Patience in Public Markets Is Key – Creighton’s and RWS Holdings PLC

A few months ago, I bought shares in both Creightons and RWS Holdings PLC. I bought shares in Creightons for 29.5p a piece and RWS for 374p a piece. Subsequent to my purchase, the shares prices of both companies fell due to poorly received trading statements. But I was calm. I knew the market had overreacted as it has done many times over the past 2 years. Creightons fell to19p. RWS fell to 350p

The fall in share price for Creightons in particular baffled me. Creightons trading statement indicated that margins might be lower than expected due to having to outsource production due to business being better than expected. Yes, that’s right. Creightons had too much business on hand and in the short term had to outsource some production until it builds additional capacity. And the share price fell as a result of this. Bizarre. Sometimes I would love to know what investors think. To drive a company’s share price down by over 35% when it is trading better than expected is simply crazy!

I got a glimpse of this irrational investment behaviour over the past few months. I had a number of readers write to me to say that they had followed me into both Creightons and RWS. My first reaction was Whaaaat?!

To make it clear, I do not give financial advice of any nature. Just have a read of the disclaimer on the sidebar of this site. Secondly, why are you blindly following someone on the internet when making your purchases?! It is as if you have no regard for your hard-earned money. I have mentioned many times before, only invest in businesses you understand. By blindly following someone, you will not understand the underlying economics of a business. You will panic at every share price fall. You will sell just because the share price is going down. You will not understand that the value of the business is increasing.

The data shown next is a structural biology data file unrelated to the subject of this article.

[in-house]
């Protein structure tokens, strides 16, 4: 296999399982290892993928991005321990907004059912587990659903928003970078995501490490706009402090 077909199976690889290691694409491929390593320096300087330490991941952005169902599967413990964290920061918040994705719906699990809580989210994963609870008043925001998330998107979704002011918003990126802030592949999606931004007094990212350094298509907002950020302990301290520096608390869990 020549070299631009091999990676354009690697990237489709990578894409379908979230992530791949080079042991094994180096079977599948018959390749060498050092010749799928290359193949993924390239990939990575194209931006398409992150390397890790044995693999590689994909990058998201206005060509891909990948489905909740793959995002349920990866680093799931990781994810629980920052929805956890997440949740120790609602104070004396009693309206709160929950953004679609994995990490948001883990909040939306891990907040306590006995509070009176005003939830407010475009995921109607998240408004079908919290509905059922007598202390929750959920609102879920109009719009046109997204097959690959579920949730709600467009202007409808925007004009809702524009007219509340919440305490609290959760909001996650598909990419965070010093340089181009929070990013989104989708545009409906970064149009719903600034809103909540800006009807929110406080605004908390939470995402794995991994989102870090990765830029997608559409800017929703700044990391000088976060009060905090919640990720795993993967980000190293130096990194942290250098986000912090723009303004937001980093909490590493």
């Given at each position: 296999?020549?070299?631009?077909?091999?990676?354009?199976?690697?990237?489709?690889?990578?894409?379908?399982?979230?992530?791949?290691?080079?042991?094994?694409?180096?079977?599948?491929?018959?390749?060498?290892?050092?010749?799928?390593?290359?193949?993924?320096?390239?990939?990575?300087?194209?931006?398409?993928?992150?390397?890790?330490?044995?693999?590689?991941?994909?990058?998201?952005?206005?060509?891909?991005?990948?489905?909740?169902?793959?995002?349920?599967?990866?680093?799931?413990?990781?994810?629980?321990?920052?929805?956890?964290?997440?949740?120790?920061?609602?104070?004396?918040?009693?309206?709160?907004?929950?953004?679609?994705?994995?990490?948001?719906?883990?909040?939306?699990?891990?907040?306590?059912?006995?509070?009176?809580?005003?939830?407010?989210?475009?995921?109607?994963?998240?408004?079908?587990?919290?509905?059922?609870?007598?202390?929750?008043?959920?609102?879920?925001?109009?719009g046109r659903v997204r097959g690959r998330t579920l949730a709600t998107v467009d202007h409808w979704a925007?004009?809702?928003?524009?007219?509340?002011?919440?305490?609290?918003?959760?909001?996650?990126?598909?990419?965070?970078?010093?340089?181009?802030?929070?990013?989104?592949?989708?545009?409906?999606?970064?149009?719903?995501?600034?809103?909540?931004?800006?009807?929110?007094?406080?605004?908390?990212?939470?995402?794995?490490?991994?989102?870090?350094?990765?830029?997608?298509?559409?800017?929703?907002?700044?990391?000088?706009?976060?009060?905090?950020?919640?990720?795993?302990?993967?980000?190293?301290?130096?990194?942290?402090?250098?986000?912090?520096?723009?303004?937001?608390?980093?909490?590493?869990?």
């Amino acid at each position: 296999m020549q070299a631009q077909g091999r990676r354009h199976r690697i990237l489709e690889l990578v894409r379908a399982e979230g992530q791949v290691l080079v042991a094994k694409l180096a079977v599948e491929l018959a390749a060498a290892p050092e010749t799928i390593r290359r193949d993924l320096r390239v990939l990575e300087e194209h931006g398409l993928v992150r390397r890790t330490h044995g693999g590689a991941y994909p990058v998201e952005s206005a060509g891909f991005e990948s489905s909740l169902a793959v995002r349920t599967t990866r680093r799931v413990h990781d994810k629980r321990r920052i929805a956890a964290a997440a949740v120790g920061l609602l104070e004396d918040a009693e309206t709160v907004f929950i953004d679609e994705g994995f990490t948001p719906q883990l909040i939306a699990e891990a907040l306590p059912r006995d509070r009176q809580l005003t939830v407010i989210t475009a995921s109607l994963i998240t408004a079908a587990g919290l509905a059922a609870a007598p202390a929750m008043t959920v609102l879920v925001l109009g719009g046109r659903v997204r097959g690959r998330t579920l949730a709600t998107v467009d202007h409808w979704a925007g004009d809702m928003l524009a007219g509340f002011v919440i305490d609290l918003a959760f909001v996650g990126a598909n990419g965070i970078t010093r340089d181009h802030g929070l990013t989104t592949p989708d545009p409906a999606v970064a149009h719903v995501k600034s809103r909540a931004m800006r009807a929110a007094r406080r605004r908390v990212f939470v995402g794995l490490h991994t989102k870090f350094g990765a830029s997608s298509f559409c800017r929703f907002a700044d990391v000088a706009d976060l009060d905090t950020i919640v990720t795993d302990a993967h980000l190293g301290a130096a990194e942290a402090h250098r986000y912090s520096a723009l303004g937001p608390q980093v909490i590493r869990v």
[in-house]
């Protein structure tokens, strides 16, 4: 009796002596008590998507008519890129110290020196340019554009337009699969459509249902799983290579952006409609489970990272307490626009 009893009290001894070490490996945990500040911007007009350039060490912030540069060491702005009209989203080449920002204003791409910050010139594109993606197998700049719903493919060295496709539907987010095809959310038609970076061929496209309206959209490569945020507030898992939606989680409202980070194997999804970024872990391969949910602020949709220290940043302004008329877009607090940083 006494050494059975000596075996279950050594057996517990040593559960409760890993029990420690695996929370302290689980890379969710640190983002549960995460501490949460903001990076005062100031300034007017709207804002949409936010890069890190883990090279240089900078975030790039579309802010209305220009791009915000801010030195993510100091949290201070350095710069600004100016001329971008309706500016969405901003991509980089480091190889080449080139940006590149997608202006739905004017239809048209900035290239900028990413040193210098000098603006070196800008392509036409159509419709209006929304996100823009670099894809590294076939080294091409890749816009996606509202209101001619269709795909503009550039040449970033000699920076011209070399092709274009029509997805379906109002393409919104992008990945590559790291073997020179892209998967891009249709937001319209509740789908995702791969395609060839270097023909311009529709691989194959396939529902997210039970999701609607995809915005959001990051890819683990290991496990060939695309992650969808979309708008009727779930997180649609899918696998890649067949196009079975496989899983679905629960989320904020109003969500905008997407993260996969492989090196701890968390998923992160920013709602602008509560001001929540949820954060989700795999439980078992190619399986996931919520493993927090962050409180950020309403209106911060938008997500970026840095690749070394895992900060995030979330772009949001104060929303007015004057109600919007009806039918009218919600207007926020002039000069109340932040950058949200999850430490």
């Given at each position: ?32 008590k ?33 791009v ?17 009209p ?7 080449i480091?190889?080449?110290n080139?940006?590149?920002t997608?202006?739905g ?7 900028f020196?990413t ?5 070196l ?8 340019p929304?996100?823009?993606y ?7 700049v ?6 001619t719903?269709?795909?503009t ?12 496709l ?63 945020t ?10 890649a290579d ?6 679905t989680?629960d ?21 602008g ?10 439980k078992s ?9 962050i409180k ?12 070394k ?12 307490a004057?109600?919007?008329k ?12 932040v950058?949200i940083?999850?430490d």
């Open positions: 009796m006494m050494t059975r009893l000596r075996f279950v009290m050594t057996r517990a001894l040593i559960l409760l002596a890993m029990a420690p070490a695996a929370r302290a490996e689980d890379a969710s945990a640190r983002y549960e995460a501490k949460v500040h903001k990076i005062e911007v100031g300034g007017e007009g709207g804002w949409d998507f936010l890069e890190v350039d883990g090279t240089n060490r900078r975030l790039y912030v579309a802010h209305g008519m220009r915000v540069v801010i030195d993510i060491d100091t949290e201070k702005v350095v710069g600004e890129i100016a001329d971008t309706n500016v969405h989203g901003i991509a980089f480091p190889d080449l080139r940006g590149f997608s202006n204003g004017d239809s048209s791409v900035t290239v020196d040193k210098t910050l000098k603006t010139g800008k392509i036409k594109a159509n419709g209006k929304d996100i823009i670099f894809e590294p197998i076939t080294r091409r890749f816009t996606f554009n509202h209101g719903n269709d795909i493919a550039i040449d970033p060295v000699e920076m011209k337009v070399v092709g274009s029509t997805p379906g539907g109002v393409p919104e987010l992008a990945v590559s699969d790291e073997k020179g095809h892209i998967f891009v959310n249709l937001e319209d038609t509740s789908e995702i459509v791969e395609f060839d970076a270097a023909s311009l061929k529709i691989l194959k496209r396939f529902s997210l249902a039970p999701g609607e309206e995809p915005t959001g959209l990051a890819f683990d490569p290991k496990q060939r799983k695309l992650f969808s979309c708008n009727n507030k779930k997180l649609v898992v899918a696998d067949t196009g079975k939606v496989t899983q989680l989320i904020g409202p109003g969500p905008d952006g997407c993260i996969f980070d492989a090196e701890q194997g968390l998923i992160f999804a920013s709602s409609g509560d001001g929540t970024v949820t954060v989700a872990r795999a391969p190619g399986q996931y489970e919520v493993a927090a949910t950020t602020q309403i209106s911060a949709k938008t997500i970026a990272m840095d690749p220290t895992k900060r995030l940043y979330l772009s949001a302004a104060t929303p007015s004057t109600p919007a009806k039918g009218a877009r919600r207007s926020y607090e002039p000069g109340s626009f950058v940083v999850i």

When it comes to investing in stocks, particularly in the small-cap sector, you have to have the stomach to see huge share price moves. Small-cap stocks are often illiquid thus even trades of low volumes can move the stock by a big margin. The volatility experienced is not for the faint-hearted. Case in point Creightons and RWS which had dropped 35% and 7% from my respective purchase prices.

If you understand that volatility is a normal part of the stock market, you will be able to hold on when others are selling. This is exactly what I did. By doing so, I have reaped the benefits of not being in a state of panic and selling prematurely. Today, the share price of Creightons and RWS are up by 45% and 30% from their respective lows. All it took was a bit of patience.

Investing particularly in small caps requires patience. It can take ages before the market sees that value in a particular stock. This is why I hesitate to write about small-cap stocks on this site as I believe most investors don’t have the required mental strength and patience to hold through share price falls. Most would simply panic and sell and lose money at regularity in the process.

This phenomenon of irrational price moves is not only applicable to small-cap stocks. Even the biggest companies listed on the stock exchange can see their stock prices gyrate for no apparent reason. Case in point was Shire Plc which I wrote about.

Another example is Hikma pharmaceuticals. I first bought shares on the company in September 2016. After an initial rise in these share prices, the trend quickly changed and the shares lost 57% of their value. But I knew this share price slide had nothing to do with the fundamentals of the business. The selling was irrational. So I kept buying shares in Hikma using my monthly stock purchase programme. As I kept buying at lower and lower prices, my average share purchase price kept going lower and lower. Today, the shares have rebounded and I am up a decent 25% on my purchase.

When it comes to stock market investing, you need to be patient and wait for your investment thesis to play out. The stock price doesn’t go up just because you have bought the stock. Instead, there needs to be a change in the market’s perception of a particular stock. For you to benefit from this change in sentiment, you need to be able to have confidence in your investment decisions and hold through the volatility. By being patient, you can reap the rewards of attaining high double-digit returns.